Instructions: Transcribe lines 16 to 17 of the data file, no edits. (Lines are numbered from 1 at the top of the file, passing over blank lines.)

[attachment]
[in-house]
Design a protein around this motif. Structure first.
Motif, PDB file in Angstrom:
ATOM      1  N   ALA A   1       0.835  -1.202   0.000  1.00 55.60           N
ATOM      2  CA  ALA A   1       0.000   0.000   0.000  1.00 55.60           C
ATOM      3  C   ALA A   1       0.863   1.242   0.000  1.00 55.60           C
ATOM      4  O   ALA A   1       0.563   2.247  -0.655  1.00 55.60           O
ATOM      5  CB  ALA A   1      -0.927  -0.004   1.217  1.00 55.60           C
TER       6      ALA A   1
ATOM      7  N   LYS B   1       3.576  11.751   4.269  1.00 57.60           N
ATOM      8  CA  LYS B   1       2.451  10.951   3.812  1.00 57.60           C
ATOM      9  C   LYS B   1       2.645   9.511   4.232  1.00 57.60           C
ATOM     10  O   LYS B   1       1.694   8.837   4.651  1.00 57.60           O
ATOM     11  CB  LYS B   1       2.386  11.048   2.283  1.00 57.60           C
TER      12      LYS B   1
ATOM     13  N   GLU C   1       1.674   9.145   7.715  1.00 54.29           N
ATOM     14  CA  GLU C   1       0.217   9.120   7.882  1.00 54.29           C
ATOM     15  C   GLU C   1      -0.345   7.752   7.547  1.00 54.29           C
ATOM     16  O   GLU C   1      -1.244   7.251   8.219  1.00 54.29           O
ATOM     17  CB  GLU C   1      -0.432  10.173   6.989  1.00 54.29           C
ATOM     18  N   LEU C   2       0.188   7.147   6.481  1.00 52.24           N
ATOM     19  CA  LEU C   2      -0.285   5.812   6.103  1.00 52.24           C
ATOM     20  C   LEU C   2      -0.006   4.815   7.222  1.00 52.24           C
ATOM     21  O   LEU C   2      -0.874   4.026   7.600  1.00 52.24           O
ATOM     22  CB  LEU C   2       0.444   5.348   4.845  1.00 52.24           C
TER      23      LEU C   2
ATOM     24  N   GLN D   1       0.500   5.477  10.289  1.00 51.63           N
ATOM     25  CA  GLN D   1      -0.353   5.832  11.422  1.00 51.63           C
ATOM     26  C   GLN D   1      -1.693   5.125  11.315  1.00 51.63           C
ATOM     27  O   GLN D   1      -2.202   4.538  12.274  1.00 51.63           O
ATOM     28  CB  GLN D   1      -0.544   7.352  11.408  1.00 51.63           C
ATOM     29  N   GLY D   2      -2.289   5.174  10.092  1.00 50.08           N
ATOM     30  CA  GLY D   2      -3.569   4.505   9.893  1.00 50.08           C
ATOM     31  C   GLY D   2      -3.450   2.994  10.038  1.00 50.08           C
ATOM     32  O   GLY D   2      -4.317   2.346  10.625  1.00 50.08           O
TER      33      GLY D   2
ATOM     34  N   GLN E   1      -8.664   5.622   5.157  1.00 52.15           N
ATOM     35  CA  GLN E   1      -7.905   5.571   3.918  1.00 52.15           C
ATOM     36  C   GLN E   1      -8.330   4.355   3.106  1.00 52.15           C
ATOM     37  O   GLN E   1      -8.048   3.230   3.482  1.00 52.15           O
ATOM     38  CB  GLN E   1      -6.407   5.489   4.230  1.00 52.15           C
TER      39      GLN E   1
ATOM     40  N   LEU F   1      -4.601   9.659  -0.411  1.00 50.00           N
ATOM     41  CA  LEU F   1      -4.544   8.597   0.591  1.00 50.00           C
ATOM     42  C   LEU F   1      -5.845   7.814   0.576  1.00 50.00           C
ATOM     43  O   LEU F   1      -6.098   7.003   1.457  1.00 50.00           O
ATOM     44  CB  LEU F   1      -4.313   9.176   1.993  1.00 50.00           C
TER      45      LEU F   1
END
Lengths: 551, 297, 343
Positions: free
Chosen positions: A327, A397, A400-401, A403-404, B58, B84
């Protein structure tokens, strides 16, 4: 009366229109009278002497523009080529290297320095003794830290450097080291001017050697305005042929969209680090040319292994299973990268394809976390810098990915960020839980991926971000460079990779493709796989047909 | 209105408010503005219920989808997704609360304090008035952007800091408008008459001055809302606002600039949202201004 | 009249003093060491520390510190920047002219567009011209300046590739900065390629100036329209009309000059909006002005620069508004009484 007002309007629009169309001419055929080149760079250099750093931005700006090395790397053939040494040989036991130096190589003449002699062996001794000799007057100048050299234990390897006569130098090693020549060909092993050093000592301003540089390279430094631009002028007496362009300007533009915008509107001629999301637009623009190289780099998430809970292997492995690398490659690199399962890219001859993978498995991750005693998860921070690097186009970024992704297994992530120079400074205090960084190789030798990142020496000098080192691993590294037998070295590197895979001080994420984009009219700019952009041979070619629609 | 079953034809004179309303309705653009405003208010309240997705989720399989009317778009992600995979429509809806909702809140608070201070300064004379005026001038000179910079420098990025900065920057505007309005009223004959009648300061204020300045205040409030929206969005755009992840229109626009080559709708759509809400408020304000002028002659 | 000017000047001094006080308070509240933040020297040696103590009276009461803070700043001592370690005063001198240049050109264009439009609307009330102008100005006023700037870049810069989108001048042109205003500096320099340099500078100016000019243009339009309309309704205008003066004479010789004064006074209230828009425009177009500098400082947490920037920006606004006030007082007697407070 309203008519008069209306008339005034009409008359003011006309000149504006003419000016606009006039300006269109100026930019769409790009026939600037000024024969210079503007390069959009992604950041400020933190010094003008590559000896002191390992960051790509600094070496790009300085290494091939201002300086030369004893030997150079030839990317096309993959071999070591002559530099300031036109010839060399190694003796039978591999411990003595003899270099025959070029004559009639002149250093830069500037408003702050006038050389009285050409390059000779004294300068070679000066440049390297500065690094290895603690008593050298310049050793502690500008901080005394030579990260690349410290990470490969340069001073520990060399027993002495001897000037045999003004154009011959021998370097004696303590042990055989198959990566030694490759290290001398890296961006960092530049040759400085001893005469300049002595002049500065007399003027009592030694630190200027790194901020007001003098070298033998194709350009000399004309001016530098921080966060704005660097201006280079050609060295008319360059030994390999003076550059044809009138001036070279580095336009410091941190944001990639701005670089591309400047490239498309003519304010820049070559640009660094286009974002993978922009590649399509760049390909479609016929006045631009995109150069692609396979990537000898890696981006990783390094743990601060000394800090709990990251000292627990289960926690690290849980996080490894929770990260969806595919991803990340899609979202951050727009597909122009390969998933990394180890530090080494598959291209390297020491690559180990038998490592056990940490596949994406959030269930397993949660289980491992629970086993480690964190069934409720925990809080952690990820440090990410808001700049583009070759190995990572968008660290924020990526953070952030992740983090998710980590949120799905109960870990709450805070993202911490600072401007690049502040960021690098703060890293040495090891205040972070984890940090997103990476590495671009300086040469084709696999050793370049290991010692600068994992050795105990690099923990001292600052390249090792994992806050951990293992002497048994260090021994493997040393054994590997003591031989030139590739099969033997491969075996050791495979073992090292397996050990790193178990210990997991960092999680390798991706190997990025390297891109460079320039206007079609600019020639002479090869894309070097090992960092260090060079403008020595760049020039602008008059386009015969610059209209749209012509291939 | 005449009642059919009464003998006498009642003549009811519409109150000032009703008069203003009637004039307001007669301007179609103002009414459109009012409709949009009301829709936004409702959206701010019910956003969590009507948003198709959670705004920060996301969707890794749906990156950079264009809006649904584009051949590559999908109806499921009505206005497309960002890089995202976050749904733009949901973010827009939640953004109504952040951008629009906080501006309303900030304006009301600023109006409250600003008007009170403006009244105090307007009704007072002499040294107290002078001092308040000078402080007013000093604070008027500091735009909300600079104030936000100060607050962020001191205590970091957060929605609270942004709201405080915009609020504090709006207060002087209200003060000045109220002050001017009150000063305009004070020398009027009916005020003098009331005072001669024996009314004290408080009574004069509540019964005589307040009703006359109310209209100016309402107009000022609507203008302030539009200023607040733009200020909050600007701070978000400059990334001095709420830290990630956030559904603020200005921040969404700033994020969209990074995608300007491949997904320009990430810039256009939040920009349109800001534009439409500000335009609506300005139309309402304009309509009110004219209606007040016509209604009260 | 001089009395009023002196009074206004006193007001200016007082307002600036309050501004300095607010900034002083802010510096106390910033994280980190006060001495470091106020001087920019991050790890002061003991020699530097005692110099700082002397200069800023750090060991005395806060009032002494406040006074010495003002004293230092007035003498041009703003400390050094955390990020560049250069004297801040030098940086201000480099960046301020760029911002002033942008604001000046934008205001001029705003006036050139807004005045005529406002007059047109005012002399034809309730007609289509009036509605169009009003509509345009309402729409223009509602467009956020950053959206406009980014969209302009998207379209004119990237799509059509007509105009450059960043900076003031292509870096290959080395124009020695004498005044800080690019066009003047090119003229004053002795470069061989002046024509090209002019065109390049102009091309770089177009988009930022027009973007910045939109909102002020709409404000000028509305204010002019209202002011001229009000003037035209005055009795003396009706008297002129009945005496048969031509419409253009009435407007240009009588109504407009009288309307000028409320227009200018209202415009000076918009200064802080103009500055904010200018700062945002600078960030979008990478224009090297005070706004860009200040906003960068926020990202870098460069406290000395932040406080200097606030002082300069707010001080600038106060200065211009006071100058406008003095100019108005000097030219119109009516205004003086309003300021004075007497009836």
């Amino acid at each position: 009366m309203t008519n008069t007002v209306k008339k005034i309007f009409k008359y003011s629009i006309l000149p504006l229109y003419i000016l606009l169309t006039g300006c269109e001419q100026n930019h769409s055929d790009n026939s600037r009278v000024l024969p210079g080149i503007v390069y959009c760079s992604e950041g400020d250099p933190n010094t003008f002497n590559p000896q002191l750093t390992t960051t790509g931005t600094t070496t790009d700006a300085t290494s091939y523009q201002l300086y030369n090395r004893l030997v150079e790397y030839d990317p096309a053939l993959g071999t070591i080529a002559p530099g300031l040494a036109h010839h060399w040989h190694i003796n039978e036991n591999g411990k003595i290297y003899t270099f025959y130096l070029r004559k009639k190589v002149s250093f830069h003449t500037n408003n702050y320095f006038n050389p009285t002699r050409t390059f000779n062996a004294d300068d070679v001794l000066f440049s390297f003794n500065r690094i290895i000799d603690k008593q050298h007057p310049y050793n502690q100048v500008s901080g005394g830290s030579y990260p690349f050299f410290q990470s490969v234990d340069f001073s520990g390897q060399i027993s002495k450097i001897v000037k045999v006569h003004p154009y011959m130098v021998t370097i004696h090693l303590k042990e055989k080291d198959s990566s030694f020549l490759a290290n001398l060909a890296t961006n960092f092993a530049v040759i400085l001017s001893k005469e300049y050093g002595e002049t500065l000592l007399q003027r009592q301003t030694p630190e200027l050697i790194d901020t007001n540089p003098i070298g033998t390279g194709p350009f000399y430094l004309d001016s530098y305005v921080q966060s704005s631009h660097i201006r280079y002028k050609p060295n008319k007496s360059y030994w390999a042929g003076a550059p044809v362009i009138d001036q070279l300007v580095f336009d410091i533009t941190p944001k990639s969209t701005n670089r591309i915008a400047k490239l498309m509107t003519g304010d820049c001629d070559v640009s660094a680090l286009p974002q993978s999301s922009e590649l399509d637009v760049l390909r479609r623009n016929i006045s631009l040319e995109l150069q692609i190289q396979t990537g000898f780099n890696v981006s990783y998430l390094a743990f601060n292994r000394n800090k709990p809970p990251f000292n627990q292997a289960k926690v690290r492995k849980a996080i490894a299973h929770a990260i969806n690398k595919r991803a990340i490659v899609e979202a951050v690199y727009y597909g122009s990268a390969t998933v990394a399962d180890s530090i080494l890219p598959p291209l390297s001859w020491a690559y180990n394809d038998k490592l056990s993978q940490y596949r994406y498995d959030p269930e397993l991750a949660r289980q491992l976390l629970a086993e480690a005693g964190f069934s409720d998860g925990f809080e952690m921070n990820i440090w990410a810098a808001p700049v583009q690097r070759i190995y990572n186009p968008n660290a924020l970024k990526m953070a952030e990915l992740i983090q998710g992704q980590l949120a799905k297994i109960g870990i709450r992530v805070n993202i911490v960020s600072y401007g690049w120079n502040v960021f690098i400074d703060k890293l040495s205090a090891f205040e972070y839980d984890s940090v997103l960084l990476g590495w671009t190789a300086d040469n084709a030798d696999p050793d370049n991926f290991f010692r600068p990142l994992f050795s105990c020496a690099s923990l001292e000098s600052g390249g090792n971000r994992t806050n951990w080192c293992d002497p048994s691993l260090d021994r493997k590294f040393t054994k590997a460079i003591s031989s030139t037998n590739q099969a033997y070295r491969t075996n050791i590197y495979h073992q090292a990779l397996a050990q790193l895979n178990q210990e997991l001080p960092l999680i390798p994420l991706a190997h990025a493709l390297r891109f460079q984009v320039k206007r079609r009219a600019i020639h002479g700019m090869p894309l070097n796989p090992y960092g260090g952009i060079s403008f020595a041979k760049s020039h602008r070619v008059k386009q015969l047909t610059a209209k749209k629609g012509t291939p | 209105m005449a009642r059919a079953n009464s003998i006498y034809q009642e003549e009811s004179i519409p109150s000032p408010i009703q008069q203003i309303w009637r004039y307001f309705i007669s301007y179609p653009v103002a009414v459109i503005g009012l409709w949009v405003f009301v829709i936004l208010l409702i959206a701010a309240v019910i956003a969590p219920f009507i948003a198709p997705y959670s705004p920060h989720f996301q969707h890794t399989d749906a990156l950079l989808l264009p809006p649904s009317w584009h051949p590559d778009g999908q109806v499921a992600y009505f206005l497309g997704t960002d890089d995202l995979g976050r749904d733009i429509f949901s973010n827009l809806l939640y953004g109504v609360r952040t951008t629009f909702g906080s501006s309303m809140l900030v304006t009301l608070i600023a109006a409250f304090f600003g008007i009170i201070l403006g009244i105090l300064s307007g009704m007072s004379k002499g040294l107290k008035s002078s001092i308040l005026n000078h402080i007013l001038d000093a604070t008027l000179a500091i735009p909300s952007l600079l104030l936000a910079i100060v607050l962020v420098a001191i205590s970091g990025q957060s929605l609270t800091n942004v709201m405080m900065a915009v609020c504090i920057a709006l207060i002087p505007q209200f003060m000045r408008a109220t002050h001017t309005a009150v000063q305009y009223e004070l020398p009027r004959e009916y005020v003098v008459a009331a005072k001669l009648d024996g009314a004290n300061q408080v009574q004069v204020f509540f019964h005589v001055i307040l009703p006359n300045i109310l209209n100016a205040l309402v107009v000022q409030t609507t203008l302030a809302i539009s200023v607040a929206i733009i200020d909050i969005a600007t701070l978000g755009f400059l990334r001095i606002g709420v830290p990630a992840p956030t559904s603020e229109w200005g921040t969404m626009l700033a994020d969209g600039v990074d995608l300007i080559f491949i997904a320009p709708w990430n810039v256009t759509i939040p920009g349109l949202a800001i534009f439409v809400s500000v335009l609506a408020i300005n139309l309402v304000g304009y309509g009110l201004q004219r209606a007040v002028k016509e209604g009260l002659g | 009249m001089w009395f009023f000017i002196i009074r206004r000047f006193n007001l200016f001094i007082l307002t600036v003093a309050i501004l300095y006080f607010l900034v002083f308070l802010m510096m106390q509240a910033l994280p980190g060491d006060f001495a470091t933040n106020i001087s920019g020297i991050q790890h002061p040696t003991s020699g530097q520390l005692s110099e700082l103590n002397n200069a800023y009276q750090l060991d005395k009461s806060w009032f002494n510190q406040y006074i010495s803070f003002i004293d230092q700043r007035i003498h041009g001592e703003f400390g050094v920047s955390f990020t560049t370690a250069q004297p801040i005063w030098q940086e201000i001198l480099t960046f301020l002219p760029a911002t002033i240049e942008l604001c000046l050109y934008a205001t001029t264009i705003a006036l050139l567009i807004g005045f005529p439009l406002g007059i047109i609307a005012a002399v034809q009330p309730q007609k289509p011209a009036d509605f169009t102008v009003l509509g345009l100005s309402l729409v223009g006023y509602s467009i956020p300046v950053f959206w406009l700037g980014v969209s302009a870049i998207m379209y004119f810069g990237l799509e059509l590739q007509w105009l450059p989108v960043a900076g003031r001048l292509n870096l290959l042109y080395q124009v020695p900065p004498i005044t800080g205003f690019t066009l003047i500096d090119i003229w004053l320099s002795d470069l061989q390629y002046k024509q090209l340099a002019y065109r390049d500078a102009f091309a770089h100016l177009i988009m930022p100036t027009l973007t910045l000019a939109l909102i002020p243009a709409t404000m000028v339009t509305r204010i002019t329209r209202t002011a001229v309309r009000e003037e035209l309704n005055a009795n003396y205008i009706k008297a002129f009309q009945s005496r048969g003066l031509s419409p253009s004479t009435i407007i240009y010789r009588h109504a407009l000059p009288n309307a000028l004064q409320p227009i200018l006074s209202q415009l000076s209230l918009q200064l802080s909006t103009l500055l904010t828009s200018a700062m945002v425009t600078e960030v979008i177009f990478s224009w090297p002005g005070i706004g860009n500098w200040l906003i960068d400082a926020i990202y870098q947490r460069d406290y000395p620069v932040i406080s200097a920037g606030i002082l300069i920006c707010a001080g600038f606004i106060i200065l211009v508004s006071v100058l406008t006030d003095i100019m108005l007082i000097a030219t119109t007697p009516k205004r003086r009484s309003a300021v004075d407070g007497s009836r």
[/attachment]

ATOM     13  N   GLU C   1       1.674   9.145   7.715  1.00 54.29           N
ATOM     14  CA  GLU C   1       0.217   9.120   7.882  1.00 54.29           C